Sun, 03/04/2012 - 12:34 pm
Being relatively young compared to most at tonight’s Dark Star Orchestra's show you would be correct in assuming I was never able to see the Grateful Dead in their entirety. I have however seen every reincarnate band that has come to fruition since Jerry’s passing in August of 95 and I’m fairly confidant in saying that DSO is the premier Grateful Dead cover band. So whenever I get a chance to grab some of the nostalgia of the Grateful Dead I do. It is still so incredible to see the masses that assemble at these gatherings. It speaks volumes about the Grateful Dead and it carries along a story of what was, and offers young lads like myself a glimpse of what is was like back when Jerry was around. Each time I see any Dead cover band I’m stupefied with the amount of people that still travel to see a cover band. Its also part of the reason I love going. Pre-show conversation never fails to stimulate. I love hearing about old Dead shows, stories from the road and the like.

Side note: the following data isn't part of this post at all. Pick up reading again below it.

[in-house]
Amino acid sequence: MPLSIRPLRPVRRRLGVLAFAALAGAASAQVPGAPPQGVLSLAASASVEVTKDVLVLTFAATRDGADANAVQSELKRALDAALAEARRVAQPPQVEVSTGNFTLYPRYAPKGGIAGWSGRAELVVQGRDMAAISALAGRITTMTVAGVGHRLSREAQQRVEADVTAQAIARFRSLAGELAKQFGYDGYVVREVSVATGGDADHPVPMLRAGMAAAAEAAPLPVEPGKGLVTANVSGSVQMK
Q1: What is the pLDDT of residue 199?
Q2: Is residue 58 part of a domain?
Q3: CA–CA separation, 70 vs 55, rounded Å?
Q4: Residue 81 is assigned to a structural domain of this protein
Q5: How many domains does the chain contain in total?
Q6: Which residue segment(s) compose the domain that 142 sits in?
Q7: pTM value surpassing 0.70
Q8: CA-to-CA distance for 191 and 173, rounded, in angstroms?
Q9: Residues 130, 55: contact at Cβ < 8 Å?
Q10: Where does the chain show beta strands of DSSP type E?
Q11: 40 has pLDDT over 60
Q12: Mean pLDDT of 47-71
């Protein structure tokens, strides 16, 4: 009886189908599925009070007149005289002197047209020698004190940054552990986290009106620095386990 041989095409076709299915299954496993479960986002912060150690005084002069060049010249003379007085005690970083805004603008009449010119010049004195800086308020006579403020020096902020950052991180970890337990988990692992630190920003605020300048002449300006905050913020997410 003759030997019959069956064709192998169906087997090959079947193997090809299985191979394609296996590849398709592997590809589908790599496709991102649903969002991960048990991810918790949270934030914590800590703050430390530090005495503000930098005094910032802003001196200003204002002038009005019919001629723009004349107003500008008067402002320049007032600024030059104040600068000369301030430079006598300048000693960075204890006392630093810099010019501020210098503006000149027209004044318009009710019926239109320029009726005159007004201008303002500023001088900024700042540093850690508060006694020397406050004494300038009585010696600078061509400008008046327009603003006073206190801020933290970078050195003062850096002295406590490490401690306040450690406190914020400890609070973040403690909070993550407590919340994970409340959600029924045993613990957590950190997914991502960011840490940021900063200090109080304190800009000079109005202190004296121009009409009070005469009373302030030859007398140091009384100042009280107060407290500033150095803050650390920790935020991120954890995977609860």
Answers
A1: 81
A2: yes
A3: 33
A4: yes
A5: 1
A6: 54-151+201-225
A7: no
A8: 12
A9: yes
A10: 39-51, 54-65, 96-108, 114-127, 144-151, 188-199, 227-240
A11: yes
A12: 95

DSO has been recreating Grateful Dead shows song for song since 1997. They present, on most night (except for tonight), the original setlist in order from any of the Dead's shows performed over their thirty-year tenure. I haven’t seen them a couple years, during which they underwent a significant change. John Kadlecik used be their lead singer/guitarist, their Jerry until he got his ‘call to the majors’ in the sense that he is now touring with Furthur along side original members of the Grateful Dead. Jeff Mattson who has been the guitarist in the ‘Zen Tricksters’, also another more or less Grateful Dead cover band.